Fed Chair Yellen Is the Workers’ Best Friend

Financial FAQs

We have just heard from new Federal Reserve Chairperson Janet Yellen in her first official speech entitled, What the Federal Reserve is Doing to Promote a Stronger Job Market. Her speech not only boosted the financial markets, but confirms the Fed will do all in its power to boost employee incomes by keeping interest rates low for as long as possible.

Why? Because she is one of the ordinary worker’s best friendsi.e., those 80 percent of the workforce that are wage and salary earners. It is really the wage and salary earners that determine the strength or weakness of any economy, because they power most consumer spending. And more jobs mean more tax revenues, hence less budget deficits and all the ills that go with deficit spending.  It should have been first and foremost on President Obama’s agenda from Day One of his administration–but it wasn’t.

“By keeping interest rates low, we are trying to make homes more affordable and revive the housing market. We are trying to make it cheaper for businesses to build, expand, and hire. We are trying to lower the costs of buying a car that can carry a worker to a new job and kids to school, and our policies are also spurring the revival of the auto industry. We are trying to help families afford things they need so that greater spending can drive job creation and even more spending, thereby strengthening the recovery…There is little doubt that without these actions, the recession and slow recovery would have been far worse.”

She is in fact the first modern Federal Reserve Chairman that is unequivocally committed to promote real job growth. How can I say that? Firstly, because she is a top macro economist, who along with husband and Nobelist George Akerlof, have done much of the major research on the labor market.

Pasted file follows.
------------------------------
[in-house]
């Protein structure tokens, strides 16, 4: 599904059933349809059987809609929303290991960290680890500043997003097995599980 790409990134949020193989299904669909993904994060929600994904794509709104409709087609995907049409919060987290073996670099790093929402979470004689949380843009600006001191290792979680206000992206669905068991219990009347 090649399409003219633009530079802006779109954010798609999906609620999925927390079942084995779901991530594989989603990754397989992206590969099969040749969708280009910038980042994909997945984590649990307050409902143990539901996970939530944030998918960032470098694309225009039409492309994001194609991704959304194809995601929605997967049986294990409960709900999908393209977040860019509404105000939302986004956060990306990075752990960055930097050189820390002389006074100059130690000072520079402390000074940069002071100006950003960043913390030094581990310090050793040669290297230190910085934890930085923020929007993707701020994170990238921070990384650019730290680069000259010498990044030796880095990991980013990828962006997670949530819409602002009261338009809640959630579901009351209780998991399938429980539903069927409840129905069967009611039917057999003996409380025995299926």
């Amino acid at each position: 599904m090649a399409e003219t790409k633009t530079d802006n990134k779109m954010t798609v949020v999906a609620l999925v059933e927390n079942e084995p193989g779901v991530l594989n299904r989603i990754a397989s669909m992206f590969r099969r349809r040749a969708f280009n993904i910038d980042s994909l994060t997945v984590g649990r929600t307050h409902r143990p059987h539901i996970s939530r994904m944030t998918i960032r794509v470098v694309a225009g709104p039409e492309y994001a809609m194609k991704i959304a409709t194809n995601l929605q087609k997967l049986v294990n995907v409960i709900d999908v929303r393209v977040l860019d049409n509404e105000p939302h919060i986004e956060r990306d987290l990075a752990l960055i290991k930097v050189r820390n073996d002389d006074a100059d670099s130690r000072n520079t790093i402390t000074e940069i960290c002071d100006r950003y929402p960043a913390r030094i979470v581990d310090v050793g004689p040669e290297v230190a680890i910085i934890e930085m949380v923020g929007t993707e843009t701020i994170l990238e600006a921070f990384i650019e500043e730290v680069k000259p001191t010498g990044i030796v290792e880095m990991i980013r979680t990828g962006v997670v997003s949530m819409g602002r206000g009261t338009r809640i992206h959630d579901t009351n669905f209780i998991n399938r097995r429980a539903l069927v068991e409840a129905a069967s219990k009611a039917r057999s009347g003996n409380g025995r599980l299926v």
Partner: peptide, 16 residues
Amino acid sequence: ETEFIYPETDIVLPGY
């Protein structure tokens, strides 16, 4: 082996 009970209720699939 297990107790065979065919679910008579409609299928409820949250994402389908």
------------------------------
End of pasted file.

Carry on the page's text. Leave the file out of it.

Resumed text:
So she understands what policies create more jobs, which until now has not been the top priority of either Congress or the Obama administration, sad to say. It should be obvious that job creation has to be the first and foremost priority of all policy makers to bring the US economy back from the worst downturn since the Great Depression.

The Federal Reserve during the 1930s understood this under then Fed Chairman Marriner Eccles, which is why we had FDR’s New Deal. But until now, even ex-Chairman Bernanke seemed to be more focused on reducing debt, the result of the Great Recession, than putting enough people back to work, in order to pay down that debt.

And Paul Krugman has been writing about the need for more job-friendly policies, including in his latest New York Times Op-ed:

He said, “Instead of focusing on the way disastrously wrongheaded fiscal policy and inadequate action by the Federal Reserve have crippled the economy and demanding action, important people piously wring their hands about the failings of American workers.

“Moreover, by blaming workers for their own plight, the skills myth shifts attention away from the spectacle of soaring profits and bonuses even as employment and wages stagnate. Of course, that may be another reason corporate executives like the myth so much.”

Dr. Yellen obviously understands this, so let us hope the Board of Governors will continue to support her effort to bring back jobs and so the middle class.

Harlan Green © 2014

Follow Harlan Green on Twitter: https://twitter.com/HarlanGreen

About populareconomicsblog

Harlan Green is editor/publisher of PopularEconomics.com, and content provider of 3 weekly columns to various blogs--Popular Economics Weekly and The Huffington Post
This entry was posted in Consumers, Economy, Keynesian economics, Macro Economics, Politics, Weekly Financial News and tagged , , , , , , , . Bookmark the permalink.

Leave a Reply

Fill in your details below or click an icon to log in:

WordPress.com Logo

You are commenting using your WordPress.com account. Log Out /  Change )

Google photo

You are commenting using your Google account. Log Out /  Change )

Twitter picture

You are commenting using your Twitter account. Log Out /  Change )

Facebook photo

You are commenting using your Facebook account. Log Out /  Change )

Connecting to %s